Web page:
Although the weekend will start off mild, waves of colder air into next week will bring rounds of snow.
The warmth through Saturday will continue to reduce the snow cover gradually throughout the region, as well as the giant piles of snow at shopping malls and along the borders of streets.
The temperature will dip to or below freezing in most areas at night in the city. However, a few icy spots can develop in the suburbs late on any night. This mild pattern will soon come to an end by Sunday.
A weak system will bring the chance of a bit of snow or a wintry mix as early as late Saturday night into Sunday.
Another weak system may swing through with a bit of snow Monday night into Tuesday.
Tropical Depression Eight could become a tropical storm while brushing the North Carolina coast with rough surf, downpours and locally gusty thunderstorms into midweek.
Tropical Depression Nine developed just south of Florida on Sunday and will turn toward the northeastern Gulf Coast of the United States later this week.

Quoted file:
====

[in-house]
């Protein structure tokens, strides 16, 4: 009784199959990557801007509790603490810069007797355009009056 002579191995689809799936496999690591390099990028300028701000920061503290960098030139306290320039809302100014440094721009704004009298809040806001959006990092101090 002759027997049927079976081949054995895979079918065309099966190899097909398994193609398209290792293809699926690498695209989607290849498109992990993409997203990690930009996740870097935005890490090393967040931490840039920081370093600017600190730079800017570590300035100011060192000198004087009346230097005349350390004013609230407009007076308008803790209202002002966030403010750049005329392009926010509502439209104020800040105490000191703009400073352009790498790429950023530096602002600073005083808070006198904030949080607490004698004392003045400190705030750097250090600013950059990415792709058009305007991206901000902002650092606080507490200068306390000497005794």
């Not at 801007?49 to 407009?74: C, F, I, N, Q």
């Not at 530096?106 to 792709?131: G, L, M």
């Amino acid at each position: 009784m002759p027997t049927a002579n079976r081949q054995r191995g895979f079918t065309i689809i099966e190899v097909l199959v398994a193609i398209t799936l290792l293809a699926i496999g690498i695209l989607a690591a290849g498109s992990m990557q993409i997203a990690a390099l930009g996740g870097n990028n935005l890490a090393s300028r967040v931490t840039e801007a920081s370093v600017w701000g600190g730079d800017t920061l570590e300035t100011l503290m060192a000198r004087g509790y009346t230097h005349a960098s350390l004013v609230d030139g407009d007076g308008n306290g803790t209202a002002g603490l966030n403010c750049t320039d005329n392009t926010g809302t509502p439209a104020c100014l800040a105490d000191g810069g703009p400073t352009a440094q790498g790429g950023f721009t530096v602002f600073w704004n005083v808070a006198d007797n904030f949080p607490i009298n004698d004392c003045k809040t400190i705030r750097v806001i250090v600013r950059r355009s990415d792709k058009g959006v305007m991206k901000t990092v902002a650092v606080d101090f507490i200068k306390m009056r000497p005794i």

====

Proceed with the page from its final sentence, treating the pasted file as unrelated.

Another strong tropical disturbance has moved off the coast of Africa and bears watching for strengthening and impact on the Caribbean and the United States during September.
Two tropical systems, Madeline and Lester, could pose hazards to Hawaii from the middle of the week into Labor Day weekend.
Though the summer season is winding down, forecasters are predicting a warm start to fall across the Northeast — a weather pattern that could spell bad news for fall foliage lovers.
The worst thing that people who live along coastlines can do is not to prepare for tropical storms and hurricanes.
New England (1954)
Hurricane Carol, first of 3 hurricanes to affect New England that year - 60 dead and $450 million damage.
Norfolk, VA (1964)
(Aug. 31 and Sept. 1) 11.40 inches of rain in 24 hours from Hurricane Cleo - all-time record.
The East (1966)
"Official" end of the East's worst drought. Some places had a 4-year deficit of nearly 4 feet.